Best practice internal doors

Issue date December 2016


Do not


Chipboard core doors are not to be used.

Thumb turns
Thumb turns should not be used to final exit doors.



Minimum standard  
To be robust, durable and appropriate to the type of use they are likely to receive. This is particularly important in the foundation stage areas of schools where heavy doors with strong closers make it difficult for the young children to move about freely.

Door finishes
When carrying out alterations and extensions new doors should match wherever possible the finish to the majority of existing doors. Consider the replacement of existing doors that do not match the majority as part of the scheme where funds allow.
Good quality veneer finish is preferred to new build schemes where funds allow.

Fire protection
The addition of closers, fire resisting glazing and smoke seals is only to be incorporated when required within Approved Document B/Building Bulletin 100 for fire compartmentation purposes.

Disabled persons access
See Equality and inclusive design

Door handles
Where door catches are specified lever style door handles with returns should be fitted.
Where push plates and 'D' type pull handle on the pull side of the door is adopted, a steel roller ball to locate the door firmly when closed is to be included.

Must be durable, robust and suitable for easy operation by the relevant building users. The design must prevent inadvertent locking.

Ball catches
The use of ball catches on internal doors with door closers has worked well on previous schemes.

Door closers
Ensure that the strength of the closer is appropriate for the weight of the door

Finger trapping
Care must be taken in the selection and siting of doors to reduce the risk of finger trapping
Doors to store cupboards that open outwards into a classroom greatly reduce the risk of finger trapping. However doors that are sited close to corners greatly increase the risk of finger trapping). See Finger Trapping to DO/ENSURE section below
Consider the use of Lorient or similar approved finger guards when retrofitting to existing doors.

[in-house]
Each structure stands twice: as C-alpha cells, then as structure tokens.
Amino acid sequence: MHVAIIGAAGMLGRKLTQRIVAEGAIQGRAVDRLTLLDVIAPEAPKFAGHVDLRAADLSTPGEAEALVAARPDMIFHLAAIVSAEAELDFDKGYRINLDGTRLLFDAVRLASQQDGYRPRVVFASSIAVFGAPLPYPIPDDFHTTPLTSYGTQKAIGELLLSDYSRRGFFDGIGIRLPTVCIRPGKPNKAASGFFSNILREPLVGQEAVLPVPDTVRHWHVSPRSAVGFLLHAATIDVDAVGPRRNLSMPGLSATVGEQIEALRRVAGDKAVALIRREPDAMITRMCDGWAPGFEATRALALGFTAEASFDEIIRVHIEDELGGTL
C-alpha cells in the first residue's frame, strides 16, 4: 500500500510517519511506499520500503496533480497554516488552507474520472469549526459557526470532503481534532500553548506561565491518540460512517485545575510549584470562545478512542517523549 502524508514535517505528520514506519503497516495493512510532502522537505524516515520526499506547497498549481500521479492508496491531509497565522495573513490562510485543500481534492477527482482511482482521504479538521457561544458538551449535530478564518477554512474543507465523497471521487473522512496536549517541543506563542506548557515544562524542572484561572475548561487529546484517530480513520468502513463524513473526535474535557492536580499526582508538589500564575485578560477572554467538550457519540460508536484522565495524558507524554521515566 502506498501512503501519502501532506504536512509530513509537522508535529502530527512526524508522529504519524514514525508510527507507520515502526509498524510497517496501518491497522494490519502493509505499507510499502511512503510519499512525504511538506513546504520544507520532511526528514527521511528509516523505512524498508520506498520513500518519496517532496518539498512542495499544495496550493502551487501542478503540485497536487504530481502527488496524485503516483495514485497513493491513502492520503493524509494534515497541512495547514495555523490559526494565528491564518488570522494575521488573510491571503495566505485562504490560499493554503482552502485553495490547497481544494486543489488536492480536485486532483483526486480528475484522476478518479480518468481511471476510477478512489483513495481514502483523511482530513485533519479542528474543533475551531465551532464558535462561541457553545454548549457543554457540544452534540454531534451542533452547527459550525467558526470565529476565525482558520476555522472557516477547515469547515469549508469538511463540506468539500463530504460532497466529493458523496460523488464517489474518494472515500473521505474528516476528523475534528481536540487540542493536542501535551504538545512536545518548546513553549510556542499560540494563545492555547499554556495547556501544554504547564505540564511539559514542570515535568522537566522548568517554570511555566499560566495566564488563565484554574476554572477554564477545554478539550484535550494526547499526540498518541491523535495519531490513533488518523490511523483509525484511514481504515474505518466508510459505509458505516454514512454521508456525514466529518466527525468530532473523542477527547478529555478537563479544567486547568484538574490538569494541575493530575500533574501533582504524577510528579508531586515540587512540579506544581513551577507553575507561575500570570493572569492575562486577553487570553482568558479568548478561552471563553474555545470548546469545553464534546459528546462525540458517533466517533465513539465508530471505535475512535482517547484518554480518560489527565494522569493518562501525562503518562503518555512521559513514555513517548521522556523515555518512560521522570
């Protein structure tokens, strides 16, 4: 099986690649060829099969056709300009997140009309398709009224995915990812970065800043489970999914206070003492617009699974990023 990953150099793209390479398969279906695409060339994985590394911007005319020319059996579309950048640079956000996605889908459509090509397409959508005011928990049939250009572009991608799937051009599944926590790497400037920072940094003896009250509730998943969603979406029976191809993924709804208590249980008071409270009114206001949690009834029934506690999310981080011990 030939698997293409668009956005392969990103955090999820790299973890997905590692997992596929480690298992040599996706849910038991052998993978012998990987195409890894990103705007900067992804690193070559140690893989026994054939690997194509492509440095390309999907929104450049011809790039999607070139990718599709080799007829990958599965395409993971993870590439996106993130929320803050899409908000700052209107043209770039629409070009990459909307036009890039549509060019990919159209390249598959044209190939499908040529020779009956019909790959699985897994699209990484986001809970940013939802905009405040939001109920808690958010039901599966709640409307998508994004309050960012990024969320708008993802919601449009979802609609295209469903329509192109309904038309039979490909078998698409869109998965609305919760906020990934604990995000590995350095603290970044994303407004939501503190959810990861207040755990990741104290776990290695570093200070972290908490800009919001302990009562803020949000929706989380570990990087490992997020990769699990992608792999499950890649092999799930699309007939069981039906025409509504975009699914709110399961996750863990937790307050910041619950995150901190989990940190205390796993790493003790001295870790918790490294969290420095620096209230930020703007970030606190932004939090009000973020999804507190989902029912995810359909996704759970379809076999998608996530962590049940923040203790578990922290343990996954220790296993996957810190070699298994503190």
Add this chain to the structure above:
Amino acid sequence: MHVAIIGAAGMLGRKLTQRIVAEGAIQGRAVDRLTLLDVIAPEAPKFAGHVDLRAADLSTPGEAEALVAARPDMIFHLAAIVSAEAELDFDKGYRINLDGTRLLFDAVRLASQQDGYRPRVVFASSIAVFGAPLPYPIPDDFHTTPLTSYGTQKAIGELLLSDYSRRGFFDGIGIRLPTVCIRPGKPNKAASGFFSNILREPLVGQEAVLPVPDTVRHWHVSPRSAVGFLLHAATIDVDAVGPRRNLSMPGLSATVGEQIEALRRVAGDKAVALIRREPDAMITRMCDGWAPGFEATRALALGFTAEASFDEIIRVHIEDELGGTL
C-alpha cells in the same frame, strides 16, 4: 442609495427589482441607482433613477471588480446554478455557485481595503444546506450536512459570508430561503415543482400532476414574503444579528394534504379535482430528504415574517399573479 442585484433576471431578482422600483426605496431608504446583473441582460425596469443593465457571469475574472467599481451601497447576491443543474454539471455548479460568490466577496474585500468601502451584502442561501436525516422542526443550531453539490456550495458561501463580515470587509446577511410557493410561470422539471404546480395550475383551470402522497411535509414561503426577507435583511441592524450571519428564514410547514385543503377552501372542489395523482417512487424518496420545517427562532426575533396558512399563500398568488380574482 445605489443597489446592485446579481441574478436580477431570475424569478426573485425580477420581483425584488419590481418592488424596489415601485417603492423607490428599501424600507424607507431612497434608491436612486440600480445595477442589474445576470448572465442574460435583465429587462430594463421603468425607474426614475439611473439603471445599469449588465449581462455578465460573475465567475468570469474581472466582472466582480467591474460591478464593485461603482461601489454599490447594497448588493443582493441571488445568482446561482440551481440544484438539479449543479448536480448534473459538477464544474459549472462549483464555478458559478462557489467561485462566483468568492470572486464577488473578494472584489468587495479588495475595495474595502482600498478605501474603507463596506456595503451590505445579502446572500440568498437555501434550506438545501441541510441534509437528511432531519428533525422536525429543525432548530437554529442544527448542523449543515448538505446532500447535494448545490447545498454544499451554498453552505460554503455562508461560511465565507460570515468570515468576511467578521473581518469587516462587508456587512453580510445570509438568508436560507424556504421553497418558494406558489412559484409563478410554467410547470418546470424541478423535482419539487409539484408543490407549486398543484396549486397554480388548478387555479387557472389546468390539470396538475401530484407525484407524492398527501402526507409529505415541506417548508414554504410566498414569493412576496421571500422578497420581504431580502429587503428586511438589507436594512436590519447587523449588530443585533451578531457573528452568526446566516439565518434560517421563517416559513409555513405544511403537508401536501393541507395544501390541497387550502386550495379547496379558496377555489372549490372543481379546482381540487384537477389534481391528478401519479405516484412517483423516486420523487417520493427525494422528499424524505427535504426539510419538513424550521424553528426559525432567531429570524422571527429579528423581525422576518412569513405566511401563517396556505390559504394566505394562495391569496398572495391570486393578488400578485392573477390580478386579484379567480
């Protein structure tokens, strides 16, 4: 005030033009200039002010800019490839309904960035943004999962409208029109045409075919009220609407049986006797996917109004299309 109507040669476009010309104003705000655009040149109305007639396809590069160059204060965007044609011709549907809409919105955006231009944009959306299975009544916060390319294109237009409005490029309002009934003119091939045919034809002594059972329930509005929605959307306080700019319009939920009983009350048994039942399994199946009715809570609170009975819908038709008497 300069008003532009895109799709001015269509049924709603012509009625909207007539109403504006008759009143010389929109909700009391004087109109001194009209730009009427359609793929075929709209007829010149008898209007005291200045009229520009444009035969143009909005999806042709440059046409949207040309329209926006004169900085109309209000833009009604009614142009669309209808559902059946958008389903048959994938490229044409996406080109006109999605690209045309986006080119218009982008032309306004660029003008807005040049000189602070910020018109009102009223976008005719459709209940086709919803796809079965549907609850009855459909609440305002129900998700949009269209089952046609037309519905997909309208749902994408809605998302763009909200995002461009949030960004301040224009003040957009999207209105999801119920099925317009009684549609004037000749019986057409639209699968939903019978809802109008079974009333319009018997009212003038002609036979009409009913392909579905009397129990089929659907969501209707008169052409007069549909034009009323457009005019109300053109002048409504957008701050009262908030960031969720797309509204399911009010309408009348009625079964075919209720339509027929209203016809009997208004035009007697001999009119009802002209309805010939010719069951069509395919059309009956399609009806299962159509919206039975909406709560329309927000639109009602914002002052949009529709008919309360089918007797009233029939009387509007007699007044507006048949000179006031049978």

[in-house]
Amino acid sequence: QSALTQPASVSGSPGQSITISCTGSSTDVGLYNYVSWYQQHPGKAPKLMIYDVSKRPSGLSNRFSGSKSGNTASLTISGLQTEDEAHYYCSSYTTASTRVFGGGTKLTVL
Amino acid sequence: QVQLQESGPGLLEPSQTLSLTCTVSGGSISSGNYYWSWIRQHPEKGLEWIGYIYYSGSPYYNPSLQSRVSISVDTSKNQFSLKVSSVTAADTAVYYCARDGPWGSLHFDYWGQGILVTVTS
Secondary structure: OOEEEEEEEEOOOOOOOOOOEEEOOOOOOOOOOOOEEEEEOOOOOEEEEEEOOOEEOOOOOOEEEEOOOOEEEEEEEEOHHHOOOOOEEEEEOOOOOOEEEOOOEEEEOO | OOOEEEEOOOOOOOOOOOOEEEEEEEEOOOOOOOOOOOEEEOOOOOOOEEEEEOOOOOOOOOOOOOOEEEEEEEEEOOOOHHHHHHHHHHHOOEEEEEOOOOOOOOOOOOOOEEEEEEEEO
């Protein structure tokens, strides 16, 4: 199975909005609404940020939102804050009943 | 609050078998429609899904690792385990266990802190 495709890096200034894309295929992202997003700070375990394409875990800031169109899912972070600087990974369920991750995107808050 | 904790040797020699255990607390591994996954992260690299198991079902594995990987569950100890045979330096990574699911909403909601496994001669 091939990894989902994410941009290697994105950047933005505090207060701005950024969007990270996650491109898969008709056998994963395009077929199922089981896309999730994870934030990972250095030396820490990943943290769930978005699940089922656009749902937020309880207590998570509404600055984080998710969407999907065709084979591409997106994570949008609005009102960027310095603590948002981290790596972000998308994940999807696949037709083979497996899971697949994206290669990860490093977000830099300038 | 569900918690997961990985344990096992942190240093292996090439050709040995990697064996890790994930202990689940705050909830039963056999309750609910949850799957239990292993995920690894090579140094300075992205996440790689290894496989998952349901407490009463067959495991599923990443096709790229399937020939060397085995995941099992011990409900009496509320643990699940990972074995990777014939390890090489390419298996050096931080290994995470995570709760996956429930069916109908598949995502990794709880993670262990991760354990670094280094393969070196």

Must be considered for doors on busy routes.

Shutters for kitchens, serveries etc

The use of shutters to production kitchens and serveries in schools are to be discussed with Oxfordshire County Council Corporate Landlord (OCCCL) see Kitchens

Consider acoustic properties for shutters between production kitchens and adjoining room.
In some cases electrically operated roller shutters may not be required and foldback shutters may be preferable e.g. tea bars in Day Centres Tea bars in Days Centres.

Where roller shutters are to be used, ensure fail safe safety devices are fitted to avoid trapping of arms etc when the roller shutter closes quickly in fire mode

Do / ensure


Finger trapping
Rounded edge anti finger trap pivot doorsets (Leaderflush Sentinel, Pivotan, John Porter or similar approved) are to be used for all internal doors where young children or vulnerable adults will be present e.g. primary schools, special schools, adult mental health centres, elderly persons day centres. This type of door is not normally required for secondary school projects although they should be considered in areas where special school pupils will access secondary school facilities. The service providers specification must be based on a risk assessment of the intended use of the property.

Kicking plates
To be fitted to the push side of all internal doors.
In accessible toilets, changing rooms or to doors where it is known high wheelchair use is likely, kicking plates to be a minimum of 400mm high.

In childrens' homes, adult training centres, libraries etc. either select doors with a hard wearing surface or fit a kicking plate of sufficient height that will prevent damage by wheelchairs.